Welcome to "One Possession!" Throughout the 2019-20 NBA season, our NBA.com Staff will break down certain possessions from certain games and peel back the curtains to reveal its bigger meaning.
Today, Minnesota Timberwolves forward Andrew Wiggins takes the spotlight.
Context: Wiggins had another big game on Friday. In an overtime win against the Golden State Warriors, the Canadian scored a team-high 40 points on 17-for-33 shooting from the field. He also dished out seven assists, setting a new season-high. Even more impressive is that Wiggins finished the game with 15 potential assists, meaning he made 15 passes that led directly to a shot for one of his teammates. The only players across the league who finished the night with more potential assists were Luka Doncic, LeBron James, Trae Young, Fred VanVleet and D'Angelo Russell.
The possession: Here is one of the 15 potential assists Wiggins had against the Warriors:
Breakdown: With the Timberwolves trailing by four points with under two minutes to play in regulation, Wiggins runs a pick-and-roll with Karl-Anthony Towns on the left wing. Wiggins is among the league leaders in scoring as the ball handler in pick-and-rolls this season, while Towns has long been one of the league's best pick-and-roll bigs because of how effective he is on pops and rolls.
On the court with them are three perimeter players in Josh Okogie, Jake Layman and Robert Covington. Though Layman is the only one of them who is currently shooting at an average rate from the perimeter, teams have to respect each of them on the 3-point line - Covington far more than Okogie, but Okogie is at least a capable 3-point shooter.
Towns comes to set the screen on Wiggins, but rather than using the screen, Wiggins rejects it, probably because he notices Golden State's only rim protector, Willie Cauley-Stein, creeping closer and closer to the 3-point line.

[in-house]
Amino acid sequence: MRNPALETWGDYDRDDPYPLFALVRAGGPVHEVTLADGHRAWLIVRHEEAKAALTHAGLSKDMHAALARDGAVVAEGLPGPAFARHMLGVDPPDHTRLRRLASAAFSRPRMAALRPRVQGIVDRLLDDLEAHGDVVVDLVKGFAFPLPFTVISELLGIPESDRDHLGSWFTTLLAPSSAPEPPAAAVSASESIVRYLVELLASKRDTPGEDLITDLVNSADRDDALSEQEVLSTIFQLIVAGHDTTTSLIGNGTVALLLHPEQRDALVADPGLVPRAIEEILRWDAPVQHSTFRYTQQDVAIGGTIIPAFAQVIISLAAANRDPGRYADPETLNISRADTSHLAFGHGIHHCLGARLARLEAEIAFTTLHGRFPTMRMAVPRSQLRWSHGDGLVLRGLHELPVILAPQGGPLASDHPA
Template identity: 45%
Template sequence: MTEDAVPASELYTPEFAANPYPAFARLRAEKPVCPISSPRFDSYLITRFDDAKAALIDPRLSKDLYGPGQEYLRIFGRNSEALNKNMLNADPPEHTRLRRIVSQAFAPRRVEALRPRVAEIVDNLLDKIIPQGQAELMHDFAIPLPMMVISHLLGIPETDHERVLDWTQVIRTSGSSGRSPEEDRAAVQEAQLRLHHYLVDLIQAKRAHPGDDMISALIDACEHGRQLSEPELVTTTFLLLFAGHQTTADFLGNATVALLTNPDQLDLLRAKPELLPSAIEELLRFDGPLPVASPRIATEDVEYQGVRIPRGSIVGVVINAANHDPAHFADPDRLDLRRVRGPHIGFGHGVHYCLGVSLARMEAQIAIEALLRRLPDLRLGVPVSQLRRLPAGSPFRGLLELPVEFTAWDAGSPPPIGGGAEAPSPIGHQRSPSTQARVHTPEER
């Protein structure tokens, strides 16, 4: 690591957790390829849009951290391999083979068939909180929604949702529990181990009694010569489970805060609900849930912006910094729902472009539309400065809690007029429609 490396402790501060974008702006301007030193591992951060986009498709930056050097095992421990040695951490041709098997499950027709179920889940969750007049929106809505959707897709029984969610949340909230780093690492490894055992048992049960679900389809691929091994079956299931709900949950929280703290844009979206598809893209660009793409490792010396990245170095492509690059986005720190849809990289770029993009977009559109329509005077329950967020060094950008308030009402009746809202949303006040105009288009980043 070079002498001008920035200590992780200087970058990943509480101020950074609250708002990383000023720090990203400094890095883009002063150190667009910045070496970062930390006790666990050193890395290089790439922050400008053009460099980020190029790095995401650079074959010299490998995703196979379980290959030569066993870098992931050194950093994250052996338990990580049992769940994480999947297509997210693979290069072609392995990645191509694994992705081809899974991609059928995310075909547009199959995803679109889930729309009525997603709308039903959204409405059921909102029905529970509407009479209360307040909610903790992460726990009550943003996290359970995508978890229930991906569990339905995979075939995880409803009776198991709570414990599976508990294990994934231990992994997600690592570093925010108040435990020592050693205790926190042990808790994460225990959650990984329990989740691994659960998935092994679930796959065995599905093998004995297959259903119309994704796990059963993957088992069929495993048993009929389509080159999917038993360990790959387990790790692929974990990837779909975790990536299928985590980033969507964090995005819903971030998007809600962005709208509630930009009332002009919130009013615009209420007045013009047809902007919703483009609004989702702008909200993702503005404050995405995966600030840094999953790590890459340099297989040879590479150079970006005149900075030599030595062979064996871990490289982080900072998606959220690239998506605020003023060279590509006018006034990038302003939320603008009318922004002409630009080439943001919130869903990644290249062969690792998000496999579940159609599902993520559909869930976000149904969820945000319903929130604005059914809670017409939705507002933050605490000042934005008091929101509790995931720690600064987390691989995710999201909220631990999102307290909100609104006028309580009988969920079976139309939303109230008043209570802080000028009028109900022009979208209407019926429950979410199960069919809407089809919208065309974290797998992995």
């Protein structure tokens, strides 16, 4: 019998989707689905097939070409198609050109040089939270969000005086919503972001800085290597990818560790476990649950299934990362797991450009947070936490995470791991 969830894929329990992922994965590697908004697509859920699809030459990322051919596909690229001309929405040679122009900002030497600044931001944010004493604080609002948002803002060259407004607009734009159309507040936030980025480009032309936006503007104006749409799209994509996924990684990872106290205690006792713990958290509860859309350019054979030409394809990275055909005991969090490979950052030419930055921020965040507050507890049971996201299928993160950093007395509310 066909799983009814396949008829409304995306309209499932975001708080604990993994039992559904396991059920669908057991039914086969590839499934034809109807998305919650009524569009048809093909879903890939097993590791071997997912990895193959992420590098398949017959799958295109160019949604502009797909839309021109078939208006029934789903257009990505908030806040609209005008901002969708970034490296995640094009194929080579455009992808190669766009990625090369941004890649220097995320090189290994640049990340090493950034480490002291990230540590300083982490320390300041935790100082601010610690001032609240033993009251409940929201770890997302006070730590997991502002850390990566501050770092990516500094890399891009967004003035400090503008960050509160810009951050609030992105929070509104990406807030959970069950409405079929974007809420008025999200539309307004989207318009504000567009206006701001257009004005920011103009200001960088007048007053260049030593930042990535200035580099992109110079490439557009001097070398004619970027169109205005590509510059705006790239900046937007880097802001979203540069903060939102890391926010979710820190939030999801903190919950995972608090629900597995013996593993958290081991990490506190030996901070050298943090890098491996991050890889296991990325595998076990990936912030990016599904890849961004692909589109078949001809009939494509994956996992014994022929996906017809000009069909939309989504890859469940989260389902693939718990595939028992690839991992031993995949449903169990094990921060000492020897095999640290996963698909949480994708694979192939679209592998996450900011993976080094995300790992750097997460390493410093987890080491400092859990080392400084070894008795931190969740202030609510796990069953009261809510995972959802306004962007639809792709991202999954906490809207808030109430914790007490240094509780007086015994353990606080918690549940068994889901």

That opens up a lane to the basket for Wiggins to attack.
He doesn't get all the way to the basket, but Wiggins forces a key rotation: D'Angelo Russell helps off of Layman in the corner to put himself between Wiggins and the rim. The odds of Russell blocking Wiggins' shot are slim to none - Russell has blocked a total of 69 shots in his NBA career - but he puts himself in position to draw a charge.
That forces Glenn Robinson III to help off of Covington to prevent Layman from getting a layup or dunk.
Rather than force a shot or try to sneak a pass to Layman, Wiggins reads the defence perfectly by kicking the ball out to Covington on the right wing for a wide open 3-point attempt.
Covington is off to a slow start shooting the ball this season, but he made 39.4 percent of his catch-and-shoot 3s last season. Minnesota will take all the wide open 3s they can get from him.
Why it matters: The biggest criticism of Wiggins to this stage of his career is that he's an inefficient scorer who doesn't bring much else to the table. He's never reached his potential as a defender, he's never been much of a rebounder and he's never averaged more than 2.5 assists over a full season.
Unlikely as it is for Wiggins to improve in all of those areas all at once, he's making legitimate strides as a playmaker for others so far this season, specifically on drives. According to NBA.com, Wiggins is currently leading the Timberwolves with an average of 15.6 drives per game, up from 7.9 drives per game last season and 7.7 drives per game the season prior. He is still looking to score on a lot of those opportunities, but he's also averaging 4.4 passes per game off of his drives, which is the second-highest rate on the Timberwolves behind only point guard Jeff Teague.
It's also by far and away the highest rate of his career.
For all his faults, Wiggins has always been an effective driver. If anything, the knock on him has been that he doesn't drive enough, choosing to settle for tough midrange jumpers instead of using his athleticism to get into the paint.
It's still early, but Wiggins is turning a lot of those tough pull-ups that hurt his efficiency into drives towards the basket, where he's shooting a high percentage. That alone is encouraging, but the fact that he's also kicking it out to teammates more often when the defence collapses will only make him (and the Timberwolves by extension) harder to guard.
It hasn't led to a significant jump in assists or anything - not yet, anyway - but the combination is a clear example of Wiggins turning some of his weaknesses into strengths.
"I feel good," Wiggins said after the game. "I put a lot of work in this summer. I've been staying with the grind. It feels good to be back."
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